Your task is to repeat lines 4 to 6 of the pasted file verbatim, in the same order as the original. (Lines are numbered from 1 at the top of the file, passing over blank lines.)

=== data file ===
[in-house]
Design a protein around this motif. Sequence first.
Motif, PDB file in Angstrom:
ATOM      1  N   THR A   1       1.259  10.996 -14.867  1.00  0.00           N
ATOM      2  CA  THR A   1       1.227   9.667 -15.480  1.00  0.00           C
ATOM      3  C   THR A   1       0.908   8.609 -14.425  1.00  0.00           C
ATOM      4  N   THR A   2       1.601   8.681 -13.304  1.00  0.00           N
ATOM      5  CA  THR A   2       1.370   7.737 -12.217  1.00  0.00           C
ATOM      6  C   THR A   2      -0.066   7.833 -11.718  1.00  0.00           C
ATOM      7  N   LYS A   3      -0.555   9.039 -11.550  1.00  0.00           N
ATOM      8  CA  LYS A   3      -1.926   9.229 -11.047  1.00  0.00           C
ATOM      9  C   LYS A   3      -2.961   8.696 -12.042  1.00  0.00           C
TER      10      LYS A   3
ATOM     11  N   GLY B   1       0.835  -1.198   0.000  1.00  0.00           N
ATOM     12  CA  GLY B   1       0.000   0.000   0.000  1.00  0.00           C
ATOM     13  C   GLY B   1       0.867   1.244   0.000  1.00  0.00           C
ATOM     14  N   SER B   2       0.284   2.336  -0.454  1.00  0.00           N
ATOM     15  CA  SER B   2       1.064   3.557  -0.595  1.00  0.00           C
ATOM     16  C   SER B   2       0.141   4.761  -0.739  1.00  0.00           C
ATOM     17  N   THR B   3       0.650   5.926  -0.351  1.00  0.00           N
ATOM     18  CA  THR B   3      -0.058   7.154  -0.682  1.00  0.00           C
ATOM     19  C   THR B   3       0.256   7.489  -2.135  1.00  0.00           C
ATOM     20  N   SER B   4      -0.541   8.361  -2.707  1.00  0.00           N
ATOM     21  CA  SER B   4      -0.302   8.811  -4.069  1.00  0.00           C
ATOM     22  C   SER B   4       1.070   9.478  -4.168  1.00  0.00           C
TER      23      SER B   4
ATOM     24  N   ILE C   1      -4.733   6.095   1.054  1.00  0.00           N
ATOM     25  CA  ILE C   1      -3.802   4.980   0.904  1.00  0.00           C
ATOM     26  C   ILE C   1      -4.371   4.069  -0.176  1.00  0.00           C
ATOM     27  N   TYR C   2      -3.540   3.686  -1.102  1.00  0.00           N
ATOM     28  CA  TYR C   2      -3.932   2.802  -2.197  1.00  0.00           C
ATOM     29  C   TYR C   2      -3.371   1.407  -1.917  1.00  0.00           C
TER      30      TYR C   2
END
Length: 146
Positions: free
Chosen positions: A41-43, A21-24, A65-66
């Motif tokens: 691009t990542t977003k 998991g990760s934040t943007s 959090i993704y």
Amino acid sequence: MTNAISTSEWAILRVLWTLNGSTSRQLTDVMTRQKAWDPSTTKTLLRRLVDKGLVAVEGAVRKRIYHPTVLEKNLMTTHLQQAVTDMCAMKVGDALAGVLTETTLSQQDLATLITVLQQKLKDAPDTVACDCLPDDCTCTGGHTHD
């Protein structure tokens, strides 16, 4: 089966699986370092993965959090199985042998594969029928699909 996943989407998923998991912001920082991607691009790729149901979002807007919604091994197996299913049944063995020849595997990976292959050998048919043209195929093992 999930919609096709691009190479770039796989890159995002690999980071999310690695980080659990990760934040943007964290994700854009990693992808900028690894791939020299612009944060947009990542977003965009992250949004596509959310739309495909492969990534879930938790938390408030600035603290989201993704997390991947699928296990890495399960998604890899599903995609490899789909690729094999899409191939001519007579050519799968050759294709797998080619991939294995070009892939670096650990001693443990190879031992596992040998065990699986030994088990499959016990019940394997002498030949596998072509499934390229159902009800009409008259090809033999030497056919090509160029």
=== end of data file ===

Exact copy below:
ATOM      1  N   THR A   1       1.259  10.996 -14.867  1.00  0.00           N
ATOM      2  CA  THR A   1       1.227   9.667 -15.480  1.00  0.00           C
ATOM      3  C   THR A   1       0.908   8.609 -14.425  1.00  0.00           C